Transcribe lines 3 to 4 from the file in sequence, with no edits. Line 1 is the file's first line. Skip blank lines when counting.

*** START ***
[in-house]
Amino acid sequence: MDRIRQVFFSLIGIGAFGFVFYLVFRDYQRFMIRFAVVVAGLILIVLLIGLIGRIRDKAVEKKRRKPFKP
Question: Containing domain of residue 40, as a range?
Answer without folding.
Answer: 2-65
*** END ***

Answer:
Question: Containing domain of residue 40, as a range?
Answer without folding.